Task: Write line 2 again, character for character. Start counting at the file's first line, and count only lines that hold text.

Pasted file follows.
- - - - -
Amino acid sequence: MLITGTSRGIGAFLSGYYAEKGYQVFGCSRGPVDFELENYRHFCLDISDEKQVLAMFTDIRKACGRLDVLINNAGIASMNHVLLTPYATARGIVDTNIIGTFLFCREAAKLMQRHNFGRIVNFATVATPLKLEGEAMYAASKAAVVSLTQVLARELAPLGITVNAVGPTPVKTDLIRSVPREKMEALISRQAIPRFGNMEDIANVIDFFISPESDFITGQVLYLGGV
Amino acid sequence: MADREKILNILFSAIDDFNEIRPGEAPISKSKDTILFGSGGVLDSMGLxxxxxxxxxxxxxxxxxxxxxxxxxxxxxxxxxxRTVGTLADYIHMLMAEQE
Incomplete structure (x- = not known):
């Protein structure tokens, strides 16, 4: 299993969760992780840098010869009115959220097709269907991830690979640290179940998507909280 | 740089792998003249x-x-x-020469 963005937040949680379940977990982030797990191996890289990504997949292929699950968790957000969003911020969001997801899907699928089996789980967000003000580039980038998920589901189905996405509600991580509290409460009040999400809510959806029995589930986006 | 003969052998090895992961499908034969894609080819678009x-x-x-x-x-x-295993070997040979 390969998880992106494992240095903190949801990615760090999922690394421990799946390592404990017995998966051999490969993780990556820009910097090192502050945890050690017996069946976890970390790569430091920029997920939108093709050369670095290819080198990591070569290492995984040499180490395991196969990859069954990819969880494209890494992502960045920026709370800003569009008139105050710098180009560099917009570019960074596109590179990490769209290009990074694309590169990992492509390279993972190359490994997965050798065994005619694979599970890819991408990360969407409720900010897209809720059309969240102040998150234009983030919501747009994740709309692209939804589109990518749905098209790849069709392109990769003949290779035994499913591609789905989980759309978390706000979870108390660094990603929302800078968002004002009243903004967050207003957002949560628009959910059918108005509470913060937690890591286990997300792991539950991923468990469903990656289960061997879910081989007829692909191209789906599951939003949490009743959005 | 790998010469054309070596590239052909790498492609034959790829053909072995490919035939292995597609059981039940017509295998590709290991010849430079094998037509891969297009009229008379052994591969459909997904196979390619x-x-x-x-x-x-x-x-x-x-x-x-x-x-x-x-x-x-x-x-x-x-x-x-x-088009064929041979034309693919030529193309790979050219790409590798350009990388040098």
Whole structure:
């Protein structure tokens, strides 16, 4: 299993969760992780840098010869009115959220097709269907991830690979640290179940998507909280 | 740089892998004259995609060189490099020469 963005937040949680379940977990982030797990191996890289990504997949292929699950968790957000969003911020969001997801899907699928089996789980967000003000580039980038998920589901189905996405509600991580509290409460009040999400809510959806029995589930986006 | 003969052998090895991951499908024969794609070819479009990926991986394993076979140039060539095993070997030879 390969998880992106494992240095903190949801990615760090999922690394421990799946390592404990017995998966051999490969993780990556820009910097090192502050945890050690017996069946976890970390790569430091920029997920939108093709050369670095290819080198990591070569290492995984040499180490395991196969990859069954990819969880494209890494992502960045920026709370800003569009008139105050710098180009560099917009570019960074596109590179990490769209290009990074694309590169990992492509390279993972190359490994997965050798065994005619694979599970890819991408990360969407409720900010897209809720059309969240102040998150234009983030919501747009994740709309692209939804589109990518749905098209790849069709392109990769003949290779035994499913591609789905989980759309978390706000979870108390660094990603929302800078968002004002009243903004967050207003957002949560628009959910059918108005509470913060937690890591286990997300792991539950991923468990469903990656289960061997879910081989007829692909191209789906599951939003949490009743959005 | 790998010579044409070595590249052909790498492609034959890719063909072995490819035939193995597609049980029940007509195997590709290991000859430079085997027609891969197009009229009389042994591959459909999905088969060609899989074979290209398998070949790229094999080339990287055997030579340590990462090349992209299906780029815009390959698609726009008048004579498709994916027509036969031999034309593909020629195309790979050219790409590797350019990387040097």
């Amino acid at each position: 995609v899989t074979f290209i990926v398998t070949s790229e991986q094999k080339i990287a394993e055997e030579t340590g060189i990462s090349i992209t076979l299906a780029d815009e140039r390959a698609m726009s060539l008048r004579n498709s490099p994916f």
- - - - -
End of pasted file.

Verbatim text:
Amino acid sequence: MADREKILNILFSAIDDFNEIRPGEAPISKSKDTILFGSGGVLDSMGLxxxxxxxxxxxxxxxxxxxxxxxxxxxxxxxxxxRTVGTLADYIHMLMAEQE